But what makes it a good fight? Are newspapers worth saving? Why do I, Web guy, pay for two sets of printed newspapers every morning?

These questions were on my mind as I organized a panel earlier this month at Columbia’s Graduate School of Journalism called “The Changing Media Landscape, 2005.” Presented with the Hearst Foundation as part of the Columbia Journalism Dialogues program, the idea was to gather journalists and media influencers and take stock of the revolution around us. Read more

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Social Networking for Journalists

“Social networking for journalists” sounds
like some sort of lesson in manners and schmoozing. While we all
certainly know people who could use some help in that arena (present
company excluded, of course), this column is about how journalists can
make use of social networking Web sites. These sites, which help
connect friends, friends of friends and friends of friends of friends,
have grown in popularity in certain demographics (teens, college
students, young professionals, singles, married-but-looking, etc.) over
the last couple of years. Sites such as Friendster, LinkedIn, Yahoo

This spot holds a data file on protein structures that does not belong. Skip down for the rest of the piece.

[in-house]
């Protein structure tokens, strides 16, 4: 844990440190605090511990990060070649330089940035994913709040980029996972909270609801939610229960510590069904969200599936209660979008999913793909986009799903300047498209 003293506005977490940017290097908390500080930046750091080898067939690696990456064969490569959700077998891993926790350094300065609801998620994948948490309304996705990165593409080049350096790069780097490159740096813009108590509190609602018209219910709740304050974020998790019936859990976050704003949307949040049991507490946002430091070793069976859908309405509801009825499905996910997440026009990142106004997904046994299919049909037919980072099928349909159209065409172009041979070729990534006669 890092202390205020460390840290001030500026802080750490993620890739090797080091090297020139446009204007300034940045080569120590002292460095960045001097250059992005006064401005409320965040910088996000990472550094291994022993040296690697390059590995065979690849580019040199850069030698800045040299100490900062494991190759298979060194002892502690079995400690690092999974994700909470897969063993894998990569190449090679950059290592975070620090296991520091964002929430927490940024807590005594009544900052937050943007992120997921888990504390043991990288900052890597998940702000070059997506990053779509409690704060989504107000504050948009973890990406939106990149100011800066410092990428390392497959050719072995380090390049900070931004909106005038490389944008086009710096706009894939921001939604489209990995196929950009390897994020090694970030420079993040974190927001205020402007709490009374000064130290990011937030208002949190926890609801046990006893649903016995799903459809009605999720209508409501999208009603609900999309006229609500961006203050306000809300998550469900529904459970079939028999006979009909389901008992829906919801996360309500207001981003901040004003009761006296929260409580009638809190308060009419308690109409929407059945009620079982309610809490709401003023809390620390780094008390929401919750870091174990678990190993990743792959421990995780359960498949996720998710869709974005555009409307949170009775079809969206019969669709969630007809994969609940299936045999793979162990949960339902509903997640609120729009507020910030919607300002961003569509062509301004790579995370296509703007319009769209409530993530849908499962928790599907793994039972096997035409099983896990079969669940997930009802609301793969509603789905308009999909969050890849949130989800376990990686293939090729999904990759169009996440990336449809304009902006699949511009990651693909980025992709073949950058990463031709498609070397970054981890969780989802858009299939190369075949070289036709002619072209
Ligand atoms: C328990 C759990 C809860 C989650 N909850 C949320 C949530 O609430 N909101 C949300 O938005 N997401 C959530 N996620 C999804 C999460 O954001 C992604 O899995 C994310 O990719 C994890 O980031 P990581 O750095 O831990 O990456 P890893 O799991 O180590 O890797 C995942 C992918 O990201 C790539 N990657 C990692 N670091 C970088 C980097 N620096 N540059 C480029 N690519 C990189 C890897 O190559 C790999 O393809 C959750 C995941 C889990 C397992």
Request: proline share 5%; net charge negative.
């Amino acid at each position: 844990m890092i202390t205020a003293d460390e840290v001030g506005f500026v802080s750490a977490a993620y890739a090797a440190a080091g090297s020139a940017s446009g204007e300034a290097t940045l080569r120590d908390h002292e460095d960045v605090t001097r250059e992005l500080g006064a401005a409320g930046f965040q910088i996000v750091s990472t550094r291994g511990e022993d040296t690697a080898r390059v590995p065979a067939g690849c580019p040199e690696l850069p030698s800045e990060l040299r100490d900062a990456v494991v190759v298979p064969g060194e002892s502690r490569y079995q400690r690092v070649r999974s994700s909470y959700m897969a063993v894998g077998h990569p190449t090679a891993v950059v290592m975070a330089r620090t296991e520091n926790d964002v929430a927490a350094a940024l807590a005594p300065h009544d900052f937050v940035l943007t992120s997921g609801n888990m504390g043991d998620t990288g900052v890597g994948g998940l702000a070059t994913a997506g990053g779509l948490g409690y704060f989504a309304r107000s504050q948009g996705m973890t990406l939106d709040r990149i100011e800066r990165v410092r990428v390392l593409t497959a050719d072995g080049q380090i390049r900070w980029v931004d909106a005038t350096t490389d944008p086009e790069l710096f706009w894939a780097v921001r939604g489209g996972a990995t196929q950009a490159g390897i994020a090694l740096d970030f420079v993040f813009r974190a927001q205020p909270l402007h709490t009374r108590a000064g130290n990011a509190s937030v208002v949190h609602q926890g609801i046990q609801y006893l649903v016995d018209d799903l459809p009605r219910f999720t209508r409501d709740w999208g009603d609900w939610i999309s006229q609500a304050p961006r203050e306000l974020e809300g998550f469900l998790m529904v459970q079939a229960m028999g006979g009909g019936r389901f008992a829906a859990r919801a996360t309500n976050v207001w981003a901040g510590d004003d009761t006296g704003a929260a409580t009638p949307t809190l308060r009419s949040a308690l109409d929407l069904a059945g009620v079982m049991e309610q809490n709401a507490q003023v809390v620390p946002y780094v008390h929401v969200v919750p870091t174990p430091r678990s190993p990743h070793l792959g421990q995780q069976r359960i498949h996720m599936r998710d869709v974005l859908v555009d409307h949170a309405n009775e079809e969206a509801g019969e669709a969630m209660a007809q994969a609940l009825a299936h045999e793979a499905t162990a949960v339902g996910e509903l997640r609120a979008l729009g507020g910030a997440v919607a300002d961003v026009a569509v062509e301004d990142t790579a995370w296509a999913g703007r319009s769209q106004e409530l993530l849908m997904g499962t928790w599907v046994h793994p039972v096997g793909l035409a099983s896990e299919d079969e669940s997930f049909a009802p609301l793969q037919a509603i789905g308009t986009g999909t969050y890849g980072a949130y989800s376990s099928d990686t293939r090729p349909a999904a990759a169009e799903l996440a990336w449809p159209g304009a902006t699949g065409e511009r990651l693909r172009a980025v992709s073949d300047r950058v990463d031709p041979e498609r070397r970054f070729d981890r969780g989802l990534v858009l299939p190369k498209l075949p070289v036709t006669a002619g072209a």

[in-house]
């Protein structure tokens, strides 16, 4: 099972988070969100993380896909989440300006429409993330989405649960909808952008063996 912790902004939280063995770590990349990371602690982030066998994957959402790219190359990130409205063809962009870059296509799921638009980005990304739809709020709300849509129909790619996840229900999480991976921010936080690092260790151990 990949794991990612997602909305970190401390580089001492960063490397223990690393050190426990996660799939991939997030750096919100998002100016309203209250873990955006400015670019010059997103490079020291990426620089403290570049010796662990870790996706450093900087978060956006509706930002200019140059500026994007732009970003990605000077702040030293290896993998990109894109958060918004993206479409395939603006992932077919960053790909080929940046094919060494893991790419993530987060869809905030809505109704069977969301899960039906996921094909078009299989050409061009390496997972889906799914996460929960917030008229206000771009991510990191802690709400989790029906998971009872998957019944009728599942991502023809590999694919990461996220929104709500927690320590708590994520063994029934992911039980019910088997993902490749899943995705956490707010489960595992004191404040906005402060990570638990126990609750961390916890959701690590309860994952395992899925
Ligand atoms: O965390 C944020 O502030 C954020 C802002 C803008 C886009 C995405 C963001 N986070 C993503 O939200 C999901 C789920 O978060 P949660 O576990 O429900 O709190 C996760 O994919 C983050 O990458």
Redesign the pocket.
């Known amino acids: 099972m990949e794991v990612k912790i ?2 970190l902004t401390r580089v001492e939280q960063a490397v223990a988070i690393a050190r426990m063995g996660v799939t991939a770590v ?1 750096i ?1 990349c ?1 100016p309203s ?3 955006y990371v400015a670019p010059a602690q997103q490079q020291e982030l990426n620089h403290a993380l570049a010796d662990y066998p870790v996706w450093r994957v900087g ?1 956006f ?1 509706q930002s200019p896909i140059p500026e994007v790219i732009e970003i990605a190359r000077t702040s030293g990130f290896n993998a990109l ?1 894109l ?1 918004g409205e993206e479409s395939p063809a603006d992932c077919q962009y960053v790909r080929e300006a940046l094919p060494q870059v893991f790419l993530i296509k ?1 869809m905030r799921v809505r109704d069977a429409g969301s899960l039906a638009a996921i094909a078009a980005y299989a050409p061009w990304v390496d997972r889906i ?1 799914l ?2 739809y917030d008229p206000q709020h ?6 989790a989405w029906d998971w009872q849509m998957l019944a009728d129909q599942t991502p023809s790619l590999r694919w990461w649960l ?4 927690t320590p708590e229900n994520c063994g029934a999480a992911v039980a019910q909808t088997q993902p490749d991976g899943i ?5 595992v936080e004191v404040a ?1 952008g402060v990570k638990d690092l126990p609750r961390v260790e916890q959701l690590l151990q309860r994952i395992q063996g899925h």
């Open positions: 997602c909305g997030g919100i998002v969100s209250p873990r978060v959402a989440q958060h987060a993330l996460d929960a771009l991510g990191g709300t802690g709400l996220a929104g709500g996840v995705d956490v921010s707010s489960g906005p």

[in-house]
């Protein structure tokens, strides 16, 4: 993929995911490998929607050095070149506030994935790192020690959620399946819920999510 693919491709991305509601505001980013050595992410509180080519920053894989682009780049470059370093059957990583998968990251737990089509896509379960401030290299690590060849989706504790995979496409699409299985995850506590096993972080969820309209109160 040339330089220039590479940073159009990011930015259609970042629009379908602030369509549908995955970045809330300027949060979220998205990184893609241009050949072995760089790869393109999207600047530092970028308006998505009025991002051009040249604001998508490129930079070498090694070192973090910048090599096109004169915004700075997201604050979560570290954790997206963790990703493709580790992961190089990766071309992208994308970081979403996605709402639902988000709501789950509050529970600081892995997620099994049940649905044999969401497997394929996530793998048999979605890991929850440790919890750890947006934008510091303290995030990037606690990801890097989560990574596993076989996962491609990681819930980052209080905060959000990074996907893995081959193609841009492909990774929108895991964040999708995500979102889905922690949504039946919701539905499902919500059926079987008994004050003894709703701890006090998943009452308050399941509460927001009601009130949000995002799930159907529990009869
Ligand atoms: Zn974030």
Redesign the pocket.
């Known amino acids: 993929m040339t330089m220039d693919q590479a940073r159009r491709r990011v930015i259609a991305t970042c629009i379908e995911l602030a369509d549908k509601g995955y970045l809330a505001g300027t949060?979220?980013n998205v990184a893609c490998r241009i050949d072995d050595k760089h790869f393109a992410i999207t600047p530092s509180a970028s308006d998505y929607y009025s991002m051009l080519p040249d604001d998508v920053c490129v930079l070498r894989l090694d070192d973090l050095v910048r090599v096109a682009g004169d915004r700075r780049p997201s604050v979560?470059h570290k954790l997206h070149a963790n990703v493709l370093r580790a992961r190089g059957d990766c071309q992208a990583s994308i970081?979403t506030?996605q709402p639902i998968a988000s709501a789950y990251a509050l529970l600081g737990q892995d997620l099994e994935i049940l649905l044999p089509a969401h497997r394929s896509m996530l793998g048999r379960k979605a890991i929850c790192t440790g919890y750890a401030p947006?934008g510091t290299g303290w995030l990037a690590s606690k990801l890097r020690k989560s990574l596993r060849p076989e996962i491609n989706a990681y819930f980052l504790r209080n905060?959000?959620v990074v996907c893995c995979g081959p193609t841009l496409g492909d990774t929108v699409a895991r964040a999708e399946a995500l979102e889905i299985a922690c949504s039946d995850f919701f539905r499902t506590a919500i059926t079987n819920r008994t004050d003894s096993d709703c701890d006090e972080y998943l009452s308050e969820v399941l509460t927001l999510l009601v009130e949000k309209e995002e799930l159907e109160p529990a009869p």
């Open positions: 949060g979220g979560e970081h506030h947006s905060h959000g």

360, Orkut, MySpace, etc., use the concept of “trusted” friends or
acquaintences — i.e., connecting people only to those who want to be
connected and doing so only by connecting friends of friends.

To test out these services, I had set up accounts over the
last few years, but have stopped using all but one. My excuse: I can
barely make time for the friends I have; I don’t have time to make new
ones.
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I Hate E-mail, Part II

My last column was filled with tips and lessons from a recent spate of e-mail troubles. I thought I was going to teach you folks something, but, instead, I got a lot of useful tips and ideas from the e-mails you sent me. Many of those tips are gathered here (please take a look).

The topic of e-mail hell seemed to resonate so much, I decided to revisit it.

One sign that you are addicted to e-mail: You compose messages in your head in the shower, on the treadmill, in the subway. I do that all the time, despite carrying a Treo 650 personal digital assistant and seeming to live online. In fact, I wrote the top of this column in my head in the shower. Too bad my editor, Julie Moos, will not be impressed by my diligence when I turn it in late.

Here are some of the tips that came in the mail:

  • Drew Cherry of IntraFish Media writes from Bergen, Norway: I’d add another annoyance about e-mail: miscommunication.